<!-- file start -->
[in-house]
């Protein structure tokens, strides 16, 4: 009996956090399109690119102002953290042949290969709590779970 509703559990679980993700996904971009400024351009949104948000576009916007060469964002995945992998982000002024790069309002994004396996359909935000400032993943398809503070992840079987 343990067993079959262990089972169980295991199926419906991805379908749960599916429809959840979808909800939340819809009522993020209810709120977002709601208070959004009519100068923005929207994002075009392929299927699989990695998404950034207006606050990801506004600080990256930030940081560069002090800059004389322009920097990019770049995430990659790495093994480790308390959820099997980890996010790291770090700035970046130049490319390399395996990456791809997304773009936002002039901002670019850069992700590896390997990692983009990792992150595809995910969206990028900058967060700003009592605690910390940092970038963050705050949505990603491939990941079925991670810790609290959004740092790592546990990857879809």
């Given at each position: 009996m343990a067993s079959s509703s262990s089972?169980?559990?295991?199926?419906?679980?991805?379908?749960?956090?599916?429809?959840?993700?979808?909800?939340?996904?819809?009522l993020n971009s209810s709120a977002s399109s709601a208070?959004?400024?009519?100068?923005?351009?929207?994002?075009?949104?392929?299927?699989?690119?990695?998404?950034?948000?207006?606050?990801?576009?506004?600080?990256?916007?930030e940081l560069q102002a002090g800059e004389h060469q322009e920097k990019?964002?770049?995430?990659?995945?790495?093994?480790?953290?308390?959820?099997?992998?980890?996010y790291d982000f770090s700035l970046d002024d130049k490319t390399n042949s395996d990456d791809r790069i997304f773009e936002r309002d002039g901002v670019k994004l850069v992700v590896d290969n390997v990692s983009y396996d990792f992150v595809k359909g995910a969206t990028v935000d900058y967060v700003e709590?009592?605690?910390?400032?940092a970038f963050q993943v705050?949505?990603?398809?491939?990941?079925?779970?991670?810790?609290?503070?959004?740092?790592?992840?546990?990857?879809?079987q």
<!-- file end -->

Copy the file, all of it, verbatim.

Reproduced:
[in-house]
């Protein structure tokens, strides 16, 4: 009996956090399109690119102002953290042949290969709590779970 509703559990679980993700996904971009400024351009949104948000576009916007060469964002995945992998982000002024790069309002994004396996359909935000400032993943398809503070992840079987 343990067993079959262990089972169980295991199926419906991805379908749960599916429809959840979808909800939340819809009522993020209810709120977002709601208070959004009519100068923005929207994002075009392929299927699989990695998404950034207006606050990801506004600080990256930030940081560069002090800059004389322009920097990019770049995430990659790495093994480790308390959820099997980890996010790291770090700035970046130049490319390399395996990456791809997304773009936002002039901002670019850069992700590896390997990692983009990792992150595809995910969206990028900058967060700003009592605690910390940092970038963050705050949505990603491939990941079925991670810790609290959004740092790592546990990857879809």
């Given at each position: 009996m343990a067993s079959s509703s262990s089972?169980?559990?295991?199926?419906?679980?991805?379908?749960?956090?599916?429809?959840?993700?979808?909800?939340?996904?819809?009522l993020n971009s209810s709120a977002s399109s709601a208070?959004?400024?009519?100068?923005?351009?929207?994002?075009?949104?392929?299927?699989?690119?990695?998404?950034?948000?207006?606050?990801?576009?506004?600080?990256?916007?930030e940081l560069q102002a002090g800059e004389h060469q322009e920097k990019?964002?770049?995430?990659?995945?790495?093994?480790?953290?308390?959820?099997?992998?980890?996010y790291d982000f770090s700035l970046d002024d130049k490319t390399n042949s395996d990456d791809r790069i997304f773009e936002r309002d002039g901002v670019k994004l850069v992700v590896d290969n390997v990692s983009y396996d990792f992150v595809k359909g995910a969206t990028v935000d900058y967060v700003e709590?009592?605690?910390?400032?940092a970038f963050q993943v705050?949505?990603?398809?491939?990941?079925?779970?991670?810790?609290?503070?959004?740092?790592?992840?546990?990857?879809?079987q």